I love walled towns and cities; ancient walls define a place so well. Inside a walled town, things are generally more historic, well preserved, expensive, touristy, and interesting. York is no exception to this general rule. In the height of summer, York’s main historic streets, especially around the Shambles area, can be jam packed. While this part of York is pedestrianised, making walking a breeze, the crowded narrow streets can be overwhelming, especially on the weekends and any day between 10 am and 5 pm when bus loads of tourists arrive for the day. The best time to see old York is outside these peak hours or in months other than July and August.
Walking the walls is a great way to escape the busy pedestrian traffic, offering an excellent view of the city below. The walls can be divided into three sections, each with a Bar or gate. You can ascend the walls at these Bars and if thirst should intrude upon your exercise, simply descend at the next gate for a refreshing ale. Some walls look down directly into inviting beer gardens or onto old pubs, making this option highly probable. Other wall walks offer views into the backyards of fine homes and hotels, especially around the Minster. A good way to approach this walk is to you choose one section at a time, followed by an on ground exploration. Layerthorp Bridge to Monk Bar and on to Bootham Bar is the best section. The Micklegate bar section looks out onto an interesting industrial view along the railway side, then ends at the delightful York Museum Gardens, a 10 hectare park situated in the grounds of St Mary’s Abbey and the remains of a Roman tower.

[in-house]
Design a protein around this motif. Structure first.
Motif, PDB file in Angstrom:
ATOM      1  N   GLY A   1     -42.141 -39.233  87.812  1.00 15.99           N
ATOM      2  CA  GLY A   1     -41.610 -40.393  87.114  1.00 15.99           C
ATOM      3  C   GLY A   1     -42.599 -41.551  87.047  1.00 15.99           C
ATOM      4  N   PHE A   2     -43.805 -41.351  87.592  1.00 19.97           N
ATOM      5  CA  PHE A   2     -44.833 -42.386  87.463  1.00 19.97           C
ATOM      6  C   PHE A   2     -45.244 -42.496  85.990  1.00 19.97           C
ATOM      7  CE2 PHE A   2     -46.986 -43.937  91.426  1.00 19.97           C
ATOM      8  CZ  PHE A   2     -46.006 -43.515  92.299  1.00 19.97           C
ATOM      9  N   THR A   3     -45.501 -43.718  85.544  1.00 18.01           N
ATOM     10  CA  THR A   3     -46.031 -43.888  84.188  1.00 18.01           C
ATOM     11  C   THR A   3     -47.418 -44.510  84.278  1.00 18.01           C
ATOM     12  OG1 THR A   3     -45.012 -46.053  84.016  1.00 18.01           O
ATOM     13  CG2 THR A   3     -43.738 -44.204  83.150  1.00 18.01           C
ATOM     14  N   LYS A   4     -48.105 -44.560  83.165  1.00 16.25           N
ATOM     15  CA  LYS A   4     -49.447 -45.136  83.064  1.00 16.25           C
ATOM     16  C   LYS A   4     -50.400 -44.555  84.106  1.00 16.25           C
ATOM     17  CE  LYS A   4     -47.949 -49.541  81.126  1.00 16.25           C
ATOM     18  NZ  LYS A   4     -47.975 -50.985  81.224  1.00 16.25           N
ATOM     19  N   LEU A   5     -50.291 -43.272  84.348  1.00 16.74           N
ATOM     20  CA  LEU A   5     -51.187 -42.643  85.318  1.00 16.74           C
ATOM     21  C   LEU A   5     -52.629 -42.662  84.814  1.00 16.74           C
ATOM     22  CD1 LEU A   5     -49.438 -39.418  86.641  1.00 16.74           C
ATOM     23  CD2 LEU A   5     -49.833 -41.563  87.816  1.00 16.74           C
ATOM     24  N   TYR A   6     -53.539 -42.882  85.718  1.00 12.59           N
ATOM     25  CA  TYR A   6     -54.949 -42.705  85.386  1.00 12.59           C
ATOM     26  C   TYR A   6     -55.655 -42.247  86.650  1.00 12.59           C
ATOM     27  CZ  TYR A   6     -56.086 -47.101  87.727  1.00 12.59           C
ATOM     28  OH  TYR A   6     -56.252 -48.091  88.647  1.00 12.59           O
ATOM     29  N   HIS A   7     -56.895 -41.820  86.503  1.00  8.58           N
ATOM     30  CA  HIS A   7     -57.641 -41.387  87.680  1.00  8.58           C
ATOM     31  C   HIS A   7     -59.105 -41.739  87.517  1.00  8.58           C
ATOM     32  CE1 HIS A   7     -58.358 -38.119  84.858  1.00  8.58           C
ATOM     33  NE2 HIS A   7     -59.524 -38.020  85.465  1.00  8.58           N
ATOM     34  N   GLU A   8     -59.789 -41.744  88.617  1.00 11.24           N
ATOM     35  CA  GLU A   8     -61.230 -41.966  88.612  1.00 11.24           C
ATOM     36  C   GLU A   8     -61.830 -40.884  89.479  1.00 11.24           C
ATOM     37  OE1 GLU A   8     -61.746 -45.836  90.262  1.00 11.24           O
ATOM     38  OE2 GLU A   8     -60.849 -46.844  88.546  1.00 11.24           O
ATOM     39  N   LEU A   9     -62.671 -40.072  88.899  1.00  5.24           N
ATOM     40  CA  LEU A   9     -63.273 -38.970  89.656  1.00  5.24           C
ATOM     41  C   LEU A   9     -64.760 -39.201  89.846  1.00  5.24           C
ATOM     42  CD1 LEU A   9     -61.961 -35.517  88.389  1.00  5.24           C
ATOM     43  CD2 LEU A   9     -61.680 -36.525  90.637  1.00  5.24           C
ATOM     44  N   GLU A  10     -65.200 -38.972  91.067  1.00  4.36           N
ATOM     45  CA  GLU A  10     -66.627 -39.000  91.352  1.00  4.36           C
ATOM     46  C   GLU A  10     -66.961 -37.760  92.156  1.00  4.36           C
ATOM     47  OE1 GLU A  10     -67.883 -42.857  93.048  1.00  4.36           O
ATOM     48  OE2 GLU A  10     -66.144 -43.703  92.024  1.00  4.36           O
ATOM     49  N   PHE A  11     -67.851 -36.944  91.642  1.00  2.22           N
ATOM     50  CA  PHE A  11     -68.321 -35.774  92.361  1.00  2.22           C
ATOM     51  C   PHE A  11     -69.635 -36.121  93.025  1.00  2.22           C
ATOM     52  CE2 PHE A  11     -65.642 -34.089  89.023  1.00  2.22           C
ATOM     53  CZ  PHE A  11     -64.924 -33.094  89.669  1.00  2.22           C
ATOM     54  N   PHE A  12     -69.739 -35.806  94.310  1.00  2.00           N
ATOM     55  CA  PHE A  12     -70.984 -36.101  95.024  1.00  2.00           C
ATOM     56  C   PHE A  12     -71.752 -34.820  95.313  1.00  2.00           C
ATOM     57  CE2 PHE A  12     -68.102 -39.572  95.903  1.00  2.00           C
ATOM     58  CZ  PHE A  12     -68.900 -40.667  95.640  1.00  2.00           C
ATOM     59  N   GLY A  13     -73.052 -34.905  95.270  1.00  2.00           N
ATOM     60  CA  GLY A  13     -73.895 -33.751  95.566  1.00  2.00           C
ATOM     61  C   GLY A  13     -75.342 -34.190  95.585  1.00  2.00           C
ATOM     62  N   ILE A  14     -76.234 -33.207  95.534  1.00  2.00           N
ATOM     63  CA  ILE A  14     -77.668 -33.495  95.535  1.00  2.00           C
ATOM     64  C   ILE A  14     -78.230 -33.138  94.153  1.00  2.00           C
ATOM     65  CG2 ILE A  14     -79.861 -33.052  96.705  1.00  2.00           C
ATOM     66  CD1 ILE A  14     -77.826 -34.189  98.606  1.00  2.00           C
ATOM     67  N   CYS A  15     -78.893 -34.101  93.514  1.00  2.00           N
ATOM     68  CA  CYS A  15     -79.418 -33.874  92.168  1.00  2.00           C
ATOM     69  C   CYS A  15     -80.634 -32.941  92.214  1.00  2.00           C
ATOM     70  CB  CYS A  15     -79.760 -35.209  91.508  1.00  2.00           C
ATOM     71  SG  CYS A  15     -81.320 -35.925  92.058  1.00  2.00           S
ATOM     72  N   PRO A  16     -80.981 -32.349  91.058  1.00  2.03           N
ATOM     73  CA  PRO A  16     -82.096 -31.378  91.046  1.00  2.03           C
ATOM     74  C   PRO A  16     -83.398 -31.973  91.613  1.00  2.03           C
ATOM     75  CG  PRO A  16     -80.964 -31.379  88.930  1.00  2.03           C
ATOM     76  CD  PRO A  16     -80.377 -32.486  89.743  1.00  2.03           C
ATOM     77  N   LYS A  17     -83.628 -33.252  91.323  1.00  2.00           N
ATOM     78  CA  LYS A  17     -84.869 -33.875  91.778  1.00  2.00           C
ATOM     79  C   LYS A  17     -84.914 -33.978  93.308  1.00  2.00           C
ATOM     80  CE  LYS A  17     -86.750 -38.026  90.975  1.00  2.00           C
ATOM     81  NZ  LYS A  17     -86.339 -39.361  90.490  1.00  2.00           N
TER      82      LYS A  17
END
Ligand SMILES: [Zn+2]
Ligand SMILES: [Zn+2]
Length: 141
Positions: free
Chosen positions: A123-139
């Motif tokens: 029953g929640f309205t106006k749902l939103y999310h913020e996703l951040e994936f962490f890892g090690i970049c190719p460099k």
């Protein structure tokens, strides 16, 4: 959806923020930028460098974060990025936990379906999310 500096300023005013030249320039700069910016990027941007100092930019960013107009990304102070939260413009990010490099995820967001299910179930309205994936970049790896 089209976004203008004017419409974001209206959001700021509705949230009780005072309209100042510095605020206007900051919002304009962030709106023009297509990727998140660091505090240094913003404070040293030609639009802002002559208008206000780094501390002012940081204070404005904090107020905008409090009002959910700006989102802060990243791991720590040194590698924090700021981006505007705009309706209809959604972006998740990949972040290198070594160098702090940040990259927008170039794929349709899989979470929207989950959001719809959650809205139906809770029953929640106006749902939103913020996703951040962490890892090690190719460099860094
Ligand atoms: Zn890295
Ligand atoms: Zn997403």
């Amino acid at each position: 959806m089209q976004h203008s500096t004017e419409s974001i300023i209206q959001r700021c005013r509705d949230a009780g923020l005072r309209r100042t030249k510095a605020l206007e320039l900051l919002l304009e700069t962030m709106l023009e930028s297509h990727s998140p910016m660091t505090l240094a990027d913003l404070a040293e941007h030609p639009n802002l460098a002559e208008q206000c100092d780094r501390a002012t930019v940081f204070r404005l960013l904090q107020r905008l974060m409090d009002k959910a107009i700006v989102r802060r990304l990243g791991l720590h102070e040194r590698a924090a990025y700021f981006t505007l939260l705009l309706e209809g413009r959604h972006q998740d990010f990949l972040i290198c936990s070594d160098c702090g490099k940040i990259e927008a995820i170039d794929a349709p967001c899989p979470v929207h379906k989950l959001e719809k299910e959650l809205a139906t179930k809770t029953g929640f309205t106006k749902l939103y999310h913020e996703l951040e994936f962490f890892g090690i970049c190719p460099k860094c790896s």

Another acquired map, though the distances can be deceptive. Courtesy of Friends of York Walls CIO, an invaluable website to study before the walk.